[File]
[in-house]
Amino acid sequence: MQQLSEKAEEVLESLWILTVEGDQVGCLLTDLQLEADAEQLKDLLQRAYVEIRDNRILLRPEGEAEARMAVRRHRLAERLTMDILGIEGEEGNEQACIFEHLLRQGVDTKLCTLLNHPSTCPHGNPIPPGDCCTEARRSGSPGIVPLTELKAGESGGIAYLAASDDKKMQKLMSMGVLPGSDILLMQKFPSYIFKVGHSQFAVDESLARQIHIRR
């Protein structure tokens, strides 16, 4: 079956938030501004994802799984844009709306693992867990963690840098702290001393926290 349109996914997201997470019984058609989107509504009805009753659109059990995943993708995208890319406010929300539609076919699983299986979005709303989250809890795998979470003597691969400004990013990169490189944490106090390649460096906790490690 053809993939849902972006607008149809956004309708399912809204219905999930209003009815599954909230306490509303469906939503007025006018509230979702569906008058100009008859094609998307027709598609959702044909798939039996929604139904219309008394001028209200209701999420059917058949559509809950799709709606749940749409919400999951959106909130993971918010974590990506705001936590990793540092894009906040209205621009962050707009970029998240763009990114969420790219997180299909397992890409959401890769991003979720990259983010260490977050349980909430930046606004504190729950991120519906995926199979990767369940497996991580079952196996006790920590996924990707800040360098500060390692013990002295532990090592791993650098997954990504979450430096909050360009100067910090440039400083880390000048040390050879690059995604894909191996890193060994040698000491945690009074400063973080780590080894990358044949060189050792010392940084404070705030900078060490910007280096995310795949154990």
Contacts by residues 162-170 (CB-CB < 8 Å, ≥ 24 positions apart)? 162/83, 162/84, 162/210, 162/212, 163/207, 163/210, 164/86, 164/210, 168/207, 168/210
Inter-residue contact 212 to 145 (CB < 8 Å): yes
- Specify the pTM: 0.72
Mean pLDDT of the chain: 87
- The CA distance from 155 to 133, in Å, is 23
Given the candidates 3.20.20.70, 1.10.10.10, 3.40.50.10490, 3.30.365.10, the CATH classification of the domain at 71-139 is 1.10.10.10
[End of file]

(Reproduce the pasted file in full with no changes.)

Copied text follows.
[in-house]
Amino acid sequence: MQQLSEKAEEVLESLWILTVEGDQVGCLLTDLQLEADAEQLKDLLQRAYVEIRDNRILLRPEGEAEARMAVRRHRLAERLTMDILGIEGEEGNEQACIFEHLLRQGVDTKLCTLLNHPSTCPHGNPIPPGDCCTEARRSGSPGIVPLTELKAGESGGIAYLAASDDKKMQKLMSMGVLPGSDILLMQKFPSYIFKVGHSQFAVDESLARQIHIRR
């Protein structure tokens, strides 16, 4: 079956938030501004994802799984844009709306693992867990963690840098702290001393926290 349109996914997201997470019984058609989107509504009805009753659109059990995943993708995208890319406010929300539609076919699983299986979005709303989250809890795998979470003597691969400004990013990169490189944490106090390649460096906790490690 053809993939849902972006607008149809956004309708399912809204219905999930209003009815599954909230306490509303469906939503007025006018509230979702569906008058100009008859094609998307027709598609959702044909798939039996929604139904219309008394001028209200209701999420059917058949559509809950799709709606749940749409919400999951959106909130993971918010974590990506705001936590990793540092894009906040209205621009962050707009970029998240763009990114969420790219997180299909397992890409959401890769991003979720990259983010260490977050349980909430930046606004504190729950991120519906995926199979990767369940497996991580079952196996006790920590996924990707800040360098500060390692013990002295532990090592791993650098997954990504979450430096909050360009100067910090440039400083880390000048040390050879690059995604894909191996890193060994040698000491945690009074400063973080780590080894990358044949060189050792010392940084404070705030900078060490910007280096995310795949154990």
Contacts by residues 162-170 (CB-CB < 8 Å, ≥ 24 positions apart)? 162/83, 162/84, 162/210, 162/212, 163/207, 163/210, 164/86, 164/210, 168/207, 168/210
Inter-residue contact 212 to 145 (CB < 8 Å): yes
- Specify the pTM: 0.72
Mean pLDDT of the chain: 87
- The CA distance from 155 to 133, in Å, is 23
Given the candidates 3.20.20.70, 1.10.10.10, 3.40.50.10490, 3.30.365.10, the CATH classification of the domain at 71-139 is 1.10.10.10